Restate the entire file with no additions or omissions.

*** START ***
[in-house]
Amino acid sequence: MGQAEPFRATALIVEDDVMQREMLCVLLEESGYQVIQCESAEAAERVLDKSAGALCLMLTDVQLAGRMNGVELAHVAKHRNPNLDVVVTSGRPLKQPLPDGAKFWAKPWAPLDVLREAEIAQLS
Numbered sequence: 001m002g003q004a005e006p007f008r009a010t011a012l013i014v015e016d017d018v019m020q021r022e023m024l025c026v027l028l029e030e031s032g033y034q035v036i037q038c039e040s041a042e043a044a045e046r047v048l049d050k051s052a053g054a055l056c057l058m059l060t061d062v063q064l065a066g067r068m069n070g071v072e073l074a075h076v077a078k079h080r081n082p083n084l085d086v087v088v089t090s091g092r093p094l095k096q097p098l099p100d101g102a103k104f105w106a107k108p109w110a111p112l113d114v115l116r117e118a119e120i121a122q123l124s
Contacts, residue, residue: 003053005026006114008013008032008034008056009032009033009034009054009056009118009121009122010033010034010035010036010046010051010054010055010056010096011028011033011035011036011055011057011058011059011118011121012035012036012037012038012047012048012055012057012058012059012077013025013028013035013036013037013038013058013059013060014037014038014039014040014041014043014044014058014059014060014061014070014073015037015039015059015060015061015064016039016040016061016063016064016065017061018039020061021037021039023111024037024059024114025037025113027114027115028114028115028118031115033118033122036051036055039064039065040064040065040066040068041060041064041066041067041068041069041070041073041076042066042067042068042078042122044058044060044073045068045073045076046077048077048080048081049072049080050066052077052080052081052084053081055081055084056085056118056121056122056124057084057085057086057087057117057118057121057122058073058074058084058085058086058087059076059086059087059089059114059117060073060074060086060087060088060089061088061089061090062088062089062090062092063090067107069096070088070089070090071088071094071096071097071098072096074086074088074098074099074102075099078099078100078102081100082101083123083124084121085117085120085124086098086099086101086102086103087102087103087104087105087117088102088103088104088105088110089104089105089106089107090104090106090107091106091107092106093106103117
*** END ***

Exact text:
[in-house]
Amino acid sequence: MGQAEPFRATALIVEDDVMQREMLCVLLEESGYQVIQCESAEAAERVLDKSAGALCLMLTDVQLAGRMNGVELAHVAKHRNPNLDVVVTSGRPLKQPLPDGAKFWAKPWAPLDVLREAEIAQLS
Numbered sequence: 001m002g003q004a005e006p007f008r009a010t011a012l013i014v015e016d017d018v019m020q021r022e023m024l025c026v027l028l029e030e031s032g033y034q035v036i037q038c039e040s041a042e043a044a045e046r047v048l049d050k051s052a053g054a055l056c057l058m059l060t061d062v063q064l065a066g067r068m069n070g071v072e073l074a075h076v077a078k079h080r081n082p083n084l085d086v087v088v089t090s091g092r093p094l095k096q097p098l099p100d101g102a103k104f105w106a107k108p109w110a111p112l113d114v115l116r117e118a119e120i121a122q123l124s
Contacts, residue, residue: 003053005026006114008013008032008034008056009032009033009034009054009056009118009121009122010033010034010035010036010046010051010054010055010056010096011028011033011035011036011055011057011058011059011118011121012035012036012037012038012047012048012055012057012058012059012077013025013028013035013036013037013038013058013059013060014037014038014039014040014041014043014044014058014059014060014061014070014073015037015039015059015060015061015064016039016040016061016063016064016065017061018039020061021037021039023111024037024059024114025037025113027114027115028114028115028118031115033118033122036051036055039064039065040064040065040066040068041060041064041066041067041068041069041070041073041076042066042067042068042078042122044058044060044073045068045073045076046077048077048080048081049072049080050066052077052080052081052084053081055081055084056085056118056121056122056124057084057085057086057087057117057118057121057122058073058074058084058085058086058087059076059086059087059089059114059117060073060074060086060087060088060089061088061089061090062088062089062090062092063090067107069096070088070089070090071088071094071096071097071098072096074086074088074098074099074102075099078099078100078102081100082101083123083124084121085117085120085124086098086099086101086102086103087102087103087104087105087117088102088103088104088105088110089104089105089106089107090104090106090107091106091107092106093106103117